At industry body Ficci’s Private Security Industry (PSI) Conclave-2018 which began on Friday, the personal security sector urged the government to increase its focus on the sector, amid rising crimes and unemployment.
Inaugurating the event, Shiv Pratap Shukla, minister of state for finance, said the government was actively considering the industry body’s recommendation to reduce the GST on private security agencies from the current 18% to capitalise on its job-creation potential.
It is just as well, since according to a report FICCI released at the event jointly with accounting and tax advisory firm BDO, the organised Indian personal security market was pegged at Rs 57,000 crore in 2016 and is expected to reach Rs 99,000 crore by 2020 and Rs 1.5 lakh crore by 2022. The industry is growing at nealry 20% every year. The theme of the event is job creation and skill development industry.
“There’s a long list of things that we want government to look into. Skill is one of them. Apart from construction and logistics, the private security industry is among the top five sectors to create jobs in the country,” Rituraj Sinha, managing director of the SIS Group, a private personal security company, told Fortune India.
On the demand for a cut in GST rate, Sinha said that such a relief would greatly benefit the small players who have to bear the burden of interest costs, as they have to borrow to deposit GST in advance.
Sinha, who is also the chair of the FICCI committee on private security industry, elaborated that the sector had about 53 million security personnel registered with the government's provident fund scheme.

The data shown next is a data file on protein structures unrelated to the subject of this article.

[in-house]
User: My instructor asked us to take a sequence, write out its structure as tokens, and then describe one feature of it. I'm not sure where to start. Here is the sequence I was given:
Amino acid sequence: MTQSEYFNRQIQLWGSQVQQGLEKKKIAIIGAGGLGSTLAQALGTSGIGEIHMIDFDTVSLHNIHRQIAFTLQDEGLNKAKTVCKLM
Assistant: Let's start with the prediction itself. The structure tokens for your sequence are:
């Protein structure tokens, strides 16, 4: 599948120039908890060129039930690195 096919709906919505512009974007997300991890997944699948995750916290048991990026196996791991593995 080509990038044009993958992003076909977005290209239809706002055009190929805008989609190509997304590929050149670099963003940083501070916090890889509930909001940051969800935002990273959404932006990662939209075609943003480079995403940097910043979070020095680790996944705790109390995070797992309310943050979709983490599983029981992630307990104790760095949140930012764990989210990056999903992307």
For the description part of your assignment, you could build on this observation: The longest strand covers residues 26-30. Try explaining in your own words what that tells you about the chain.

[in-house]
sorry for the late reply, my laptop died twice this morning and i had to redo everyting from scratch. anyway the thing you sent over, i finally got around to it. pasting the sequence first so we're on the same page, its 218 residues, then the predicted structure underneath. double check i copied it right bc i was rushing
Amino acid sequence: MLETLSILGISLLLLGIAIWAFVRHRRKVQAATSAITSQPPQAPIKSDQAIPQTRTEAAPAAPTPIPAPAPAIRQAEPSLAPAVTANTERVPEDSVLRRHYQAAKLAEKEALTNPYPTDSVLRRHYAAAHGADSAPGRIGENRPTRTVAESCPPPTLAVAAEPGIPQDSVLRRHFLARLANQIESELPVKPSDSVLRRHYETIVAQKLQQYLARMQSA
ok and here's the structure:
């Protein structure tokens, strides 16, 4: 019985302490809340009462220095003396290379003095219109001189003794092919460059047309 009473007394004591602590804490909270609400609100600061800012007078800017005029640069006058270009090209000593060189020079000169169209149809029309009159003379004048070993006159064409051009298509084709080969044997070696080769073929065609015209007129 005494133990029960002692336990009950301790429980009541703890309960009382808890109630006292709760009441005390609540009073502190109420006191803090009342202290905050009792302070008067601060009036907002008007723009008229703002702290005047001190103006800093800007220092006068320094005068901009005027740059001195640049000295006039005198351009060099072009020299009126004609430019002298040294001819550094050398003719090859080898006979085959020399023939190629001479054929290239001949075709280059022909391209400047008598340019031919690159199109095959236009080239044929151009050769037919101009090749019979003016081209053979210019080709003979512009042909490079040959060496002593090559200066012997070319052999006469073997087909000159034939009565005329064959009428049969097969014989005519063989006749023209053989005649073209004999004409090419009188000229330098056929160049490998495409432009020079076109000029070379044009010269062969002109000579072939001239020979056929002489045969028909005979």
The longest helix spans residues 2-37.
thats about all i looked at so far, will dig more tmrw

The findings of the report suggest that the industry employs nearly 9 million people, and has the potential to employ another 3.1 million in the next four years.
“The government needs to increase the support to the industry to boost the availability of trained manpower,” the report says.
In order to bring the fragmented sector into mainstream, the government has launched the Recognition of Prior Learning initiative. Under this, those with prior informal skills are assessed on decided parameters and conferred with certificates, which bring them to the mainstream certified skilled force.
The initiative is part of the Pradhan Mantri Kaushal Vikas Yojana and has a budget of Rs 1,500 crore to train 2.4 million blue-collared workers in different sectors.
The report says that allowing service providers to establish training centres would enable “faster assimilation of the skilled 'uncertified' manpower into the mainstream".
It should be noted that the government, through the National Skill Development Corporation (NSDC), plans to skill at least 10 million-blue collared workers by 2020, with an outlay of Rs 12,000 crore.